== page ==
This conviction was the rationale for a triumphant conference that the Hamas regime sponsored in Gaza on September 30. The conference, held in conjunction with the Palestinian NGO Promise of the Hereafter Institute, was titled, "Promise of the Hereafter: Post-Liberation Palestine." Hamas leader Yahya Sinwar chaired the proceedings. The Middle East Media Research Institute (MEMRI) translated the concluding statement. The MEMRI report is worth reading in full, but a few points stand out.

The purpose of the conference was to determine how to administer "Palestine" after Israel is destroyed and disappears. Participants agreed that upon Israel's destruction, non-Muslims in "Palestine" will be ruled by the Pact of Umar. The Pact of Umar was concluded around 637, with the fall of Byzantine-held Jerusalem to Muslim conquerors. The Pact sets out the conditions under which non-Muslims are permitted to live under Islamist rule.

The Pact of Umar explains how non-Muslims, referred to as "dhimmis," are to live in a perpetual state of powerlessness and subservience to their Islamic rulers. It places severe constraints on their freedom of worship and imposes a continuous ransom for the lives of non-Muslim men, called the "jizya" tax. Under the Pact, Islamist rulers spare the lives of non-Muslims who accept their dhimmi status, but are free to kill non-Muslims who refuse to accept the constraints.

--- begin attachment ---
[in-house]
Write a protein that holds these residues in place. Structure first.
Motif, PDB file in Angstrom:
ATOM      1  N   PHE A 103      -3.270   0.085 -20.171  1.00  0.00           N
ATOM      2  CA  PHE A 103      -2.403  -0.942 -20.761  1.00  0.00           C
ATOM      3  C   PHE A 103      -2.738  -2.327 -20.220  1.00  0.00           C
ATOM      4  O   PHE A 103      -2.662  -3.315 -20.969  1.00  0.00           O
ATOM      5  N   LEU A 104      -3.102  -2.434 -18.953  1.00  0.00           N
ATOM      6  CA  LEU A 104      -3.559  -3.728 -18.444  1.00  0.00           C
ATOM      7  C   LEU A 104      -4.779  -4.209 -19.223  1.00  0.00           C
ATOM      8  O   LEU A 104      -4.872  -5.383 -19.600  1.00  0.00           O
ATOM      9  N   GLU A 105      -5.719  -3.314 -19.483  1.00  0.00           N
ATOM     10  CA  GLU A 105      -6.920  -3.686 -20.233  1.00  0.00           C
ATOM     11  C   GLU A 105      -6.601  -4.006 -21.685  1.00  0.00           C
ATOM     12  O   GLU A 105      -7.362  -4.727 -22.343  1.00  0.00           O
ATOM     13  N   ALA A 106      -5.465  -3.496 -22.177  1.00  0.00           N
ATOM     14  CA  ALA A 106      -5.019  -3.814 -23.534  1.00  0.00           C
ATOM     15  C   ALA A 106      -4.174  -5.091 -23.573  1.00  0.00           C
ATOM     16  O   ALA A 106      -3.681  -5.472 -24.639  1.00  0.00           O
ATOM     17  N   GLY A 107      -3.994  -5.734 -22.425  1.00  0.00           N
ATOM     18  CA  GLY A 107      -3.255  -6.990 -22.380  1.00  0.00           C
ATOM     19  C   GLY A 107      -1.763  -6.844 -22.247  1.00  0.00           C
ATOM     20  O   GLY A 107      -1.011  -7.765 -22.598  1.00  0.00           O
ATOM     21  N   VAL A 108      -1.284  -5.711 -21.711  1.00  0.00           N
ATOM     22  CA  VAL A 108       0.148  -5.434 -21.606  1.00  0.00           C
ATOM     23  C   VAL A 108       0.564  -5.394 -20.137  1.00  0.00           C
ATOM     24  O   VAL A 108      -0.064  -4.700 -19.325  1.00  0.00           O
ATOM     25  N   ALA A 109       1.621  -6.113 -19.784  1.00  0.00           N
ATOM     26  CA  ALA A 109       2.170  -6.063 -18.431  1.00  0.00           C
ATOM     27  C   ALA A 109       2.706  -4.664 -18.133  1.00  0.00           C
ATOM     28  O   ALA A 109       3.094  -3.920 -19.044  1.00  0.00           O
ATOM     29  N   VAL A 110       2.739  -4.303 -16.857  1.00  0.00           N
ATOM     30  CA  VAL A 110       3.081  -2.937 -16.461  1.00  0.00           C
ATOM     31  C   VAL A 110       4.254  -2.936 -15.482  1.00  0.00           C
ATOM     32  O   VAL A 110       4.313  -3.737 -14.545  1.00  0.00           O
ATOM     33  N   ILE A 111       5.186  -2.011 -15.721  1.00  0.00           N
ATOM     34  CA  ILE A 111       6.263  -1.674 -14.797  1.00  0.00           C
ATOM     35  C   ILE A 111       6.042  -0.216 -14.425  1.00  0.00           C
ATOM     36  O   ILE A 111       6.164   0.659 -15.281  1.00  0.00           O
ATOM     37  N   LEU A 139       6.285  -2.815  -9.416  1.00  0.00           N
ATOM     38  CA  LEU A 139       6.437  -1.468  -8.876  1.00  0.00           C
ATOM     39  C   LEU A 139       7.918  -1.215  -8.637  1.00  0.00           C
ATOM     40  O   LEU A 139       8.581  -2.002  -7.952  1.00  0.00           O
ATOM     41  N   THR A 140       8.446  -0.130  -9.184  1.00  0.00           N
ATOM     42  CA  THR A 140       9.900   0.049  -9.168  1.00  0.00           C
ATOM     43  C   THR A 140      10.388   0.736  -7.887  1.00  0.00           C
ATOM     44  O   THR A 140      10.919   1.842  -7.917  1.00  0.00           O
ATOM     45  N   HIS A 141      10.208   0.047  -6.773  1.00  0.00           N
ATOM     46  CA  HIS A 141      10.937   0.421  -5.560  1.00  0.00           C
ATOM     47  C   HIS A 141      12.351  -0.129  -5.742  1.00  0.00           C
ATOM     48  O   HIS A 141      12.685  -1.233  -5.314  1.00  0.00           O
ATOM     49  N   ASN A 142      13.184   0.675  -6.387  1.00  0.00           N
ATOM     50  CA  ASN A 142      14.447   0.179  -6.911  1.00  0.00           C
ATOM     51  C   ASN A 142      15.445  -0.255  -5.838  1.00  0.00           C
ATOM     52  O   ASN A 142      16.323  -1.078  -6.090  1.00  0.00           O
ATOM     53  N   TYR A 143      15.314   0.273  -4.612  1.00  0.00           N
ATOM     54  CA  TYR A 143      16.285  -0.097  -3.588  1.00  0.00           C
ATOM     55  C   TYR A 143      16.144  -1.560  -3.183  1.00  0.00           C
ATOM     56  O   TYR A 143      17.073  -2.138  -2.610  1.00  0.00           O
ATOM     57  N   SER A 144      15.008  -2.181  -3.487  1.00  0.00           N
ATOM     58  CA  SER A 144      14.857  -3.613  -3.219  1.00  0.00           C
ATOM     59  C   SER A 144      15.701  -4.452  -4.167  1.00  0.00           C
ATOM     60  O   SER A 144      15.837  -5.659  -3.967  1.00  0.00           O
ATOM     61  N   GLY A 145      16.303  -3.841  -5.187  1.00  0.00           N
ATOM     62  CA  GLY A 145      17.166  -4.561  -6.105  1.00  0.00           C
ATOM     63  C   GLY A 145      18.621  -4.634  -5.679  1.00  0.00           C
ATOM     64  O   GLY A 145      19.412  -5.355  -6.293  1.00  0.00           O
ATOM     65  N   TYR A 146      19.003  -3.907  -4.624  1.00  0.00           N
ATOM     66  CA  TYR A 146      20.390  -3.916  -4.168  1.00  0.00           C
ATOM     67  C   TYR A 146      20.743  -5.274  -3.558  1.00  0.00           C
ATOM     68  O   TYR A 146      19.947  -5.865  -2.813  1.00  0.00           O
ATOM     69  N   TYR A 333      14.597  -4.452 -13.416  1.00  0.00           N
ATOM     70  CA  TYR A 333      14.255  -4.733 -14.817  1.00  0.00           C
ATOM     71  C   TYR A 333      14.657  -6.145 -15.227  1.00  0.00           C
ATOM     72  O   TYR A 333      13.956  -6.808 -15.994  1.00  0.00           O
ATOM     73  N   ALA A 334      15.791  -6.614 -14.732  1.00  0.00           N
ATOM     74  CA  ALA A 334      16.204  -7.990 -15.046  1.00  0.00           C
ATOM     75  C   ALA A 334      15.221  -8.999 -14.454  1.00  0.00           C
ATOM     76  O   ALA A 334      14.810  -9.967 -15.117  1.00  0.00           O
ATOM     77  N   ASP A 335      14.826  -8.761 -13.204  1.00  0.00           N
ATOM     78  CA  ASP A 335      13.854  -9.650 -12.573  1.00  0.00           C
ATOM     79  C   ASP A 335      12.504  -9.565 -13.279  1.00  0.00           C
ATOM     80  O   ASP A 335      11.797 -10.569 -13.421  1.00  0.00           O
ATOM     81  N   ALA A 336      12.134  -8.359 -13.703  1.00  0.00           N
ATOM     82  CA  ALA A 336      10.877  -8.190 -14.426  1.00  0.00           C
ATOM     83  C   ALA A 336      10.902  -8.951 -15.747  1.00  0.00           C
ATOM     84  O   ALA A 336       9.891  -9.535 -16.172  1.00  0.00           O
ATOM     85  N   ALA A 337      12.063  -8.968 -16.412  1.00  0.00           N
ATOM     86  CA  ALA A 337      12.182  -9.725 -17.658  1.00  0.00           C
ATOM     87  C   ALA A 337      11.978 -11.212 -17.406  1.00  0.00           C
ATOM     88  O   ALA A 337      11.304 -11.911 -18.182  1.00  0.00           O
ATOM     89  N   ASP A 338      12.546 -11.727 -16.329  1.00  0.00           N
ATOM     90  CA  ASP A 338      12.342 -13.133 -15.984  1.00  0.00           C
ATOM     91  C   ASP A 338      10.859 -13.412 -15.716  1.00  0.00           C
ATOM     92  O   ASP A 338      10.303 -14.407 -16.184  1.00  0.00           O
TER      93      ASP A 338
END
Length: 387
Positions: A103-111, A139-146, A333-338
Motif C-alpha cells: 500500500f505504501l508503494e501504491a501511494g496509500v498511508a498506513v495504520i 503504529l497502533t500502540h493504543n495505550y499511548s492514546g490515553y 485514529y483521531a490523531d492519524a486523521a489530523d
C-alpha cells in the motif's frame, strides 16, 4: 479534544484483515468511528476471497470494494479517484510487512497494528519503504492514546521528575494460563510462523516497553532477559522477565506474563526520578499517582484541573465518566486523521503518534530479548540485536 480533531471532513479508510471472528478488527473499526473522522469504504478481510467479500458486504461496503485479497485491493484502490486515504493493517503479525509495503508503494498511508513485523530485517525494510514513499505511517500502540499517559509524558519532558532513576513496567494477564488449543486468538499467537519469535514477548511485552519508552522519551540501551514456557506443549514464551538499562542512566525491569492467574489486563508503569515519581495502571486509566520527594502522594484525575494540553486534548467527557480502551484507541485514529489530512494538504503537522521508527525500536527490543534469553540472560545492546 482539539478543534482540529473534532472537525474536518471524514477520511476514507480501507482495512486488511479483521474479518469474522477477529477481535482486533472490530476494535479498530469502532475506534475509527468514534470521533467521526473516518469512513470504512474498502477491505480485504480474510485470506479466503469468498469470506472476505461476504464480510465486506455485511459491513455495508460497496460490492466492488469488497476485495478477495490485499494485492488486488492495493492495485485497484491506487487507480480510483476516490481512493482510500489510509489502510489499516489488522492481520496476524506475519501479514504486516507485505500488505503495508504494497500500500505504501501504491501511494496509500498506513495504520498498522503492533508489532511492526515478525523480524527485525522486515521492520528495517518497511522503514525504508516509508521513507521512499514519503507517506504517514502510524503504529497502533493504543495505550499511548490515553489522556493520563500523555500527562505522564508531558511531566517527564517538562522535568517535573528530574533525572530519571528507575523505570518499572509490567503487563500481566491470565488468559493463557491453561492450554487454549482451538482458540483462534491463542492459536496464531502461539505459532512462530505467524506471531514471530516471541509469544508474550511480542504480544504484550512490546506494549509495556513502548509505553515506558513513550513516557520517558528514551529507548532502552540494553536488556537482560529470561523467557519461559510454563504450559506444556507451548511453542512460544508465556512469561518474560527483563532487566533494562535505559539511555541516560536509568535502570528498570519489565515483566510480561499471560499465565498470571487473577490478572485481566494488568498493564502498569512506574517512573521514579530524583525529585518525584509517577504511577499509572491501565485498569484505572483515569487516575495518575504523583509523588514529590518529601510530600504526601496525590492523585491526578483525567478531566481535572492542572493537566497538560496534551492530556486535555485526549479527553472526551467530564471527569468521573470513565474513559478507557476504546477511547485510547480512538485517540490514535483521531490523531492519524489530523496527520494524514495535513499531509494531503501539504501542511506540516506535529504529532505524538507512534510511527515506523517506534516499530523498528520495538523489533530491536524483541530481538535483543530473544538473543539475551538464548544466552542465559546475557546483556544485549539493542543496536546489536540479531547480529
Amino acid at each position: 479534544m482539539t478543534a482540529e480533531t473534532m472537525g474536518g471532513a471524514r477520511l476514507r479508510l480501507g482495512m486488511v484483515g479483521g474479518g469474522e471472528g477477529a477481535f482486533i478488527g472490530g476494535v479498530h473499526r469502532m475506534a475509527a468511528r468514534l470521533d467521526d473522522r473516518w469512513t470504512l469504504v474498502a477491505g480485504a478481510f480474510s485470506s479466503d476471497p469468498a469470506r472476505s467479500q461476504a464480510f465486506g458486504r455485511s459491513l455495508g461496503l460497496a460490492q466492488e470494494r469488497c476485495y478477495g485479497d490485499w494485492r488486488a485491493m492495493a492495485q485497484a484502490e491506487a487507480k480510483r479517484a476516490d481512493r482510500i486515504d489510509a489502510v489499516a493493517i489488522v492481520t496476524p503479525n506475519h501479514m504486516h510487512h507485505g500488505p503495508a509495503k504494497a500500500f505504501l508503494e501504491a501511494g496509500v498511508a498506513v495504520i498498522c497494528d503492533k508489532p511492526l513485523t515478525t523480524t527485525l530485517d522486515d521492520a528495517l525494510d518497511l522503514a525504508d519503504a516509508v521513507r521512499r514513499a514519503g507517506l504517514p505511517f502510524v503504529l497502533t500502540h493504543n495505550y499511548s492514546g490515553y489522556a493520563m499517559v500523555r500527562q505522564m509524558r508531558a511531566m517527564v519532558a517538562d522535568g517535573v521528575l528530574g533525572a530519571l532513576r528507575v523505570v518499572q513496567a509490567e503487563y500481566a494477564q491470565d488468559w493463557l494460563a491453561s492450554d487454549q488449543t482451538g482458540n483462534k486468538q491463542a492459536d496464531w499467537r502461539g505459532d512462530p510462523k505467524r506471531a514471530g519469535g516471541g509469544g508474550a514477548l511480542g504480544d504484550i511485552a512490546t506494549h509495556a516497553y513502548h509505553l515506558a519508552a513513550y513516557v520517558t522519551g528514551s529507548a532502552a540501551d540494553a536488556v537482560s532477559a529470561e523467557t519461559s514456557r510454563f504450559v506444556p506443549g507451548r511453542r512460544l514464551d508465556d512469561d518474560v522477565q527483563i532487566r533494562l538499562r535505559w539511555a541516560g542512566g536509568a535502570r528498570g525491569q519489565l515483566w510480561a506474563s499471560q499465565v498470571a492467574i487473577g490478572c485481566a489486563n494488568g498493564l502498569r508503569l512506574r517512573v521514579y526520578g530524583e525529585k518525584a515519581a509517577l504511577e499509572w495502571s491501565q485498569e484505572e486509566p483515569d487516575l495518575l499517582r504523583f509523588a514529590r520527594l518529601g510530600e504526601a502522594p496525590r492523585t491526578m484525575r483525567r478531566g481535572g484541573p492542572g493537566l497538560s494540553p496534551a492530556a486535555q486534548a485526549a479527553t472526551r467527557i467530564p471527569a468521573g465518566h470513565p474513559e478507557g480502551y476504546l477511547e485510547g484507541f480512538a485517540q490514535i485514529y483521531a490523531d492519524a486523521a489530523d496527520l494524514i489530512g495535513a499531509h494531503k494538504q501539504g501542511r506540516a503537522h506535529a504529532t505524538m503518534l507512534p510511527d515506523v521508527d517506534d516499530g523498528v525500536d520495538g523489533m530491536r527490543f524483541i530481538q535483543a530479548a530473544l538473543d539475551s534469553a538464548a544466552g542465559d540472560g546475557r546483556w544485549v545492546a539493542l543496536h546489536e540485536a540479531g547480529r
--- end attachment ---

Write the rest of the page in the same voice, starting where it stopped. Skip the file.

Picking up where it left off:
Last month's Hamas conference determined that Jews who survive Israel's destruction must be placed in three separate groups. The first group includes the Jewish "fighters." They must be killed. The second group includes the "peaceful Jews" who surrender. They can either be integrated into Palestine, as dhimmis, or "be given time to leave."

The final group is comprised of "educated Jews and experts in the areas of medicine, engineering, technology and civilian and military industry." To prevent a brain-drain with the destruction of the Jewish state, Hamas conference participants determined that these Jews "should be retained for some time and should not be allowed to leave."

US President Joe Biden meets with Israeli
U.S. President Joe Biden meets with Israeli Prime Minister Naftali Bennett in the Oval Office of the White House in Washington, D.C., on August 27, 2021. NICHOLAS KAMM/AFP via Getty Images